Man Seeks New Trial After Juror Sends Sexy Letters

LAS VEGAS (AP) - A man convicted of second-degree murder is seeking a new trial, alleging that a female juror sent sexually suggestive letters and visited him in jail.

The juror, Marnie Ramirez, told the Las Vegas Review-Journal for a Friday report that she felt sad for the defendant, 27-year-old Ricky Vazquez, and that she tried during jury deliberations to hold out for a conviction on a lesser charge, voluntary manslaughter.

Vazquez's lawyer, Keith Brower, didn't name Ramirez in his written request for a new trial. But he told Clark County District Court Judge Valerie Adair that a juror visited Vazquez in jail after the October trial and told Vazquez she conducted independent research about him.

The judge scheduled a Tuesday hearing on the request.

Ramirez, a 21-year-old married mother who works as a bank teller, said she visited Vazquez in jail and wrote letters to him after trial was over. In one letter, Ramirez writes that she's a sex addict and wants to touch him "and see where it all leads to."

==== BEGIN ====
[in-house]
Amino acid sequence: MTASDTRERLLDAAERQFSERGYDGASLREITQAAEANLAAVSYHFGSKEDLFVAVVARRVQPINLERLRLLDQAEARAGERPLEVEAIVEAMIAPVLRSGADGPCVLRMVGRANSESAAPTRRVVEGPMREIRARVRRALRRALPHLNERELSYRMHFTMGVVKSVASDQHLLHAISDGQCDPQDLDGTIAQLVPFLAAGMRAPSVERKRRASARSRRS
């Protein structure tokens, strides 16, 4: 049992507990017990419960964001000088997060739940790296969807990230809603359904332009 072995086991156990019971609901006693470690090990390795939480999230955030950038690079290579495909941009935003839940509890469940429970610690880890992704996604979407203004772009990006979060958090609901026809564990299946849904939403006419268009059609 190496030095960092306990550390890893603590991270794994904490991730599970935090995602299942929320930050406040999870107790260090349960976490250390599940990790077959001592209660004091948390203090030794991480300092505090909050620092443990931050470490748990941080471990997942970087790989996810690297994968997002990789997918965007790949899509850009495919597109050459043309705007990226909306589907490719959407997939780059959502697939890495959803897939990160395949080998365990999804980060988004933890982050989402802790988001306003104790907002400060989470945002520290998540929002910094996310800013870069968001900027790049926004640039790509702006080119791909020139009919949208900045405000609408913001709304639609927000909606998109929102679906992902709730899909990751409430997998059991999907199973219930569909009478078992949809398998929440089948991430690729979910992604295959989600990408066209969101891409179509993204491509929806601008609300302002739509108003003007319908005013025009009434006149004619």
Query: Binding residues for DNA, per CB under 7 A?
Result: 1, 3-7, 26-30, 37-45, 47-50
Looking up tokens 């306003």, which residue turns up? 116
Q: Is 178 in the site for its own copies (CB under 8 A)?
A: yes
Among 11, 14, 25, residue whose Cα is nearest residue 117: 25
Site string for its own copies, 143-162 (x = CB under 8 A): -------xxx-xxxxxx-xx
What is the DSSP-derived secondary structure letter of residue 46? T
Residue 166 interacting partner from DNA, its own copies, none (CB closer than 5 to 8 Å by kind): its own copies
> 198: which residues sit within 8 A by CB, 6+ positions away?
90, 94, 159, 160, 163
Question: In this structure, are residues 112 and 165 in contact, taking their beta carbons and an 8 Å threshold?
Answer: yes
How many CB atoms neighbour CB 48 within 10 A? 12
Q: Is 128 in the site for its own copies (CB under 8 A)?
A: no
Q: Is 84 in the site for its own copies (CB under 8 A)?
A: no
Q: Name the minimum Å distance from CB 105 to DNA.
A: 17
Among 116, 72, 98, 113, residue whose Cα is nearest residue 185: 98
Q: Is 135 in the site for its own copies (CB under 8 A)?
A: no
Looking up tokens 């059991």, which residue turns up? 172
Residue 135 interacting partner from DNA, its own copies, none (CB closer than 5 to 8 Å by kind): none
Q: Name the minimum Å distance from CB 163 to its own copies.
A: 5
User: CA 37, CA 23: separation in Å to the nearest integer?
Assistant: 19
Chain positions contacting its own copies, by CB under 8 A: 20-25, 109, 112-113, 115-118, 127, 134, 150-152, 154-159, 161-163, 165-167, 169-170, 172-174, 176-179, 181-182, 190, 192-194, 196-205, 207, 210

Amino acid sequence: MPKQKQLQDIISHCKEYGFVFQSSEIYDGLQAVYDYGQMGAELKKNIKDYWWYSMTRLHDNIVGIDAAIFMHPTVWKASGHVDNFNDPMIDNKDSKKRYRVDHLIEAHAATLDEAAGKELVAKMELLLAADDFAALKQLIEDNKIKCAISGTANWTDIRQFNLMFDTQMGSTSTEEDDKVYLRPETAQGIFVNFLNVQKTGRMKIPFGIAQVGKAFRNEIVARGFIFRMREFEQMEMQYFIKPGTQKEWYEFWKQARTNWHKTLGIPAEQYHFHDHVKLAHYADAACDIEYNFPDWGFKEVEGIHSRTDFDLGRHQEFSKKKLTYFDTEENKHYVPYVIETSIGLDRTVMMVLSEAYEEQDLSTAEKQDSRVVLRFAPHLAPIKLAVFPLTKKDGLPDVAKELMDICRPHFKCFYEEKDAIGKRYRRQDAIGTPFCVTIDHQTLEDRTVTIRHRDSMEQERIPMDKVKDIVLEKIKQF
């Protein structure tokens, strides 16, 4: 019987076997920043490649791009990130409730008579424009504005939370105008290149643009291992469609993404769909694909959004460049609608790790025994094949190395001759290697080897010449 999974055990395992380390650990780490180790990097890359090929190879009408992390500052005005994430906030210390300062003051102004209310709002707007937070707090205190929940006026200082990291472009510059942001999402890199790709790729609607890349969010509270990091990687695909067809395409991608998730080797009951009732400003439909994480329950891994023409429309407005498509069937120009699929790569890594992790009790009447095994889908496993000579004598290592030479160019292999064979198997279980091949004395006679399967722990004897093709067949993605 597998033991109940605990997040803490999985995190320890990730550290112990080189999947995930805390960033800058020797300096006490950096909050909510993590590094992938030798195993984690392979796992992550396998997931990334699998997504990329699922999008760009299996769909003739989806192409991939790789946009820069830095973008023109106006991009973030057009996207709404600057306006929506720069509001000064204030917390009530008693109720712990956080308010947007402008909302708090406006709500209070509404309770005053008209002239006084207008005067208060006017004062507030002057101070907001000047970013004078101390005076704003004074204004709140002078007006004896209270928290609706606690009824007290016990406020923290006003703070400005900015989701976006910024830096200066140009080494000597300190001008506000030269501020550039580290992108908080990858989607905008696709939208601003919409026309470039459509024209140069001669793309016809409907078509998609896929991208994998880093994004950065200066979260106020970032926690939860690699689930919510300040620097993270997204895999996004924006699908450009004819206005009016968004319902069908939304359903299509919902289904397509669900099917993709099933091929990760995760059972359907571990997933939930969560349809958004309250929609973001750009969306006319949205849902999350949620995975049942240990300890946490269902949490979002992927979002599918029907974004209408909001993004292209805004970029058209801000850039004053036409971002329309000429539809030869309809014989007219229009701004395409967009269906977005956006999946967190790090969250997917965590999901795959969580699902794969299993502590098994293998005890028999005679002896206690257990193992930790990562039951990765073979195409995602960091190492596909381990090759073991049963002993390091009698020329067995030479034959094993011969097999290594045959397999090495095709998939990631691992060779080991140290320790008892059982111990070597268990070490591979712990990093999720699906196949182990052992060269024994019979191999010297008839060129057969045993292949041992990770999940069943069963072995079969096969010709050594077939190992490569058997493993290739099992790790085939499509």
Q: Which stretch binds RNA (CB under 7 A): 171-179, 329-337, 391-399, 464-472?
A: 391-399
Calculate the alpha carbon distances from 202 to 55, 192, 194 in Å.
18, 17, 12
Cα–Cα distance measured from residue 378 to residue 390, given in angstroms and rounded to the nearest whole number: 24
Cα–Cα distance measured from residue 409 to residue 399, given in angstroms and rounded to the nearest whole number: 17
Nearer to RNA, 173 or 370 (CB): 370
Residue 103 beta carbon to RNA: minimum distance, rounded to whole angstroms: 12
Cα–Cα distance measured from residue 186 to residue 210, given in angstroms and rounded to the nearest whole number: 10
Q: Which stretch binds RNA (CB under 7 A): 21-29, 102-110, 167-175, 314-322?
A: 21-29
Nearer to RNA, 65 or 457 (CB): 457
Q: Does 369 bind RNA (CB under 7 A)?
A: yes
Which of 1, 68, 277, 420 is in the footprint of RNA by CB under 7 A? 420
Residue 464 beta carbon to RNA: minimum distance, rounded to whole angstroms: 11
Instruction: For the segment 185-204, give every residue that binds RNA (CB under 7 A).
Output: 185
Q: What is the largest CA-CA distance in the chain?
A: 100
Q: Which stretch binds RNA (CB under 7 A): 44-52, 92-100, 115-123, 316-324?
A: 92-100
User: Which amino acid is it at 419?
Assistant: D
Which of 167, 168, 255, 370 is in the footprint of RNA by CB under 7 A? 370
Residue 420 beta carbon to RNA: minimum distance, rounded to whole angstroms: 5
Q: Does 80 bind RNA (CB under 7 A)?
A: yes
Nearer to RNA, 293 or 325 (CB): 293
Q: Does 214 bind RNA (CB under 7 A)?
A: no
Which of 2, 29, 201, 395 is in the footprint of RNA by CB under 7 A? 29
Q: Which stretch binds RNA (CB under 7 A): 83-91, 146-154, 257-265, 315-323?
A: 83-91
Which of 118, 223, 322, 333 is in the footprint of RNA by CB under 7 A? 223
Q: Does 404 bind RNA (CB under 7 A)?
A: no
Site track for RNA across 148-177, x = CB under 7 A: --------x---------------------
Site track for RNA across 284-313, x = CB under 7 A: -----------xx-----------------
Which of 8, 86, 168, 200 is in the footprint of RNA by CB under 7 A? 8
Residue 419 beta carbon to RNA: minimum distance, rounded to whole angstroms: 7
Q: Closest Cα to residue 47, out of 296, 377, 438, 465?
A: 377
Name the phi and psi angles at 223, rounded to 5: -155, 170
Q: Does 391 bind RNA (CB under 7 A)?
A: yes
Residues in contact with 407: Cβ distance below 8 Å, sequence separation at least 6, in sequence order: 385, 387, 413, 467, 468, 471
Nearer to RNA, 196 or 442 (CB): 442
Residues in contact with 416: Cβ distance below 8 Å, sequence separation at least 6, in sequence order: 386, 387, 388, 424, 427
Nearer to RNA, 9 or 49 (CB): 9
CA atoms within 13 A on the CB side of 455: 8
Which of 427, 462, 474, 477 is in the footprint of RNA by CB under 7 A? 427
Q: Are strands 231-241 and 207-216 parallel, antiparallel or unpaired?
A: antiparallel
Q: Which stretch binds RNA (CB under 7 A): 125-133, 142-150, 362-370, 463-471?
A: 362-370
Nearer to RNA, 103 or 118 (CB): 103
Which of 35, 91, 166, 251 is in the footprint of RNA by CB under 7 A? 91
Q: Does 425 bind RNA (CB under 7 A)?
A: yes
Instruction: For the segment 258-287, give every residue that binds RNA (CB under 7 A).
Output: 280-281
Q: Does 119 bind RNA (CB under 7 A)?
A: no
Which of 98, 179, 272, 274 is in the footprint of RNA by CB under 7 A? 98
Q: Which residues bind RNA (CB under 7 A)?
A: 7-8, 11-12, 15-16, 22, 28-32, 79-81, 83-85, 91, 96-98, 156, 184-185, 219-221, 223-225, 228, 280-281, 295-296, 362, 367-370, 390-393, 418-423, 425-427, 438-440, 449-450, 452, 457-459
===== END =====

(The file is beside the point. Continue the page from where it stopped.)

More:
"I'll give you a 'hint' if you really want to get me, smile and I'm all yours!" a letter says. She also offers to send photos.

Ramirez denied a physical relationship with Vazquez, and insisted they did nothing wrong.

"It (the trial) did get to me emotionally," Ramirez told the Review-Journal. "He probably doesn't have anyone to talk to."

Ramirez said she didn't contact Vazquez during the weeklong trial. She said she visited him afterward because she felt bad he was found guilty of second-degree murder.

A co-defendant, Lee Vincent, 24, was convicted of first-degree murder in the Sept. 10, 2006, robbery slaying of Richard Morris, who was found shot to death in a Las Vegas neighborhood. Sentencing
for both men was set Dec. 1.

District Attorney David Roger said Ramirez's actions weren't grounds for a new trial.

"Where's the prejudice? He got the benefit of one juror advocating on his behalf," he said.

Authorities said a juror contacting a criminal defendant during a trial could prompt a mistrial.

But Robert Fellmeth, a University of San Diego law professor and former prosecutor, said it was not necessarily improper for a juror
to contact a defendant after trial is over.

"There are a certain number of women who are enamored by the drama and emotion and tragedy of major felons," Fellmeth said.
Information from: Las Vegas Review-Journal,

(Copyright 2008 by The Associated Press. All Rights Reserved.)

AP-NY-11-14-08 1542EST

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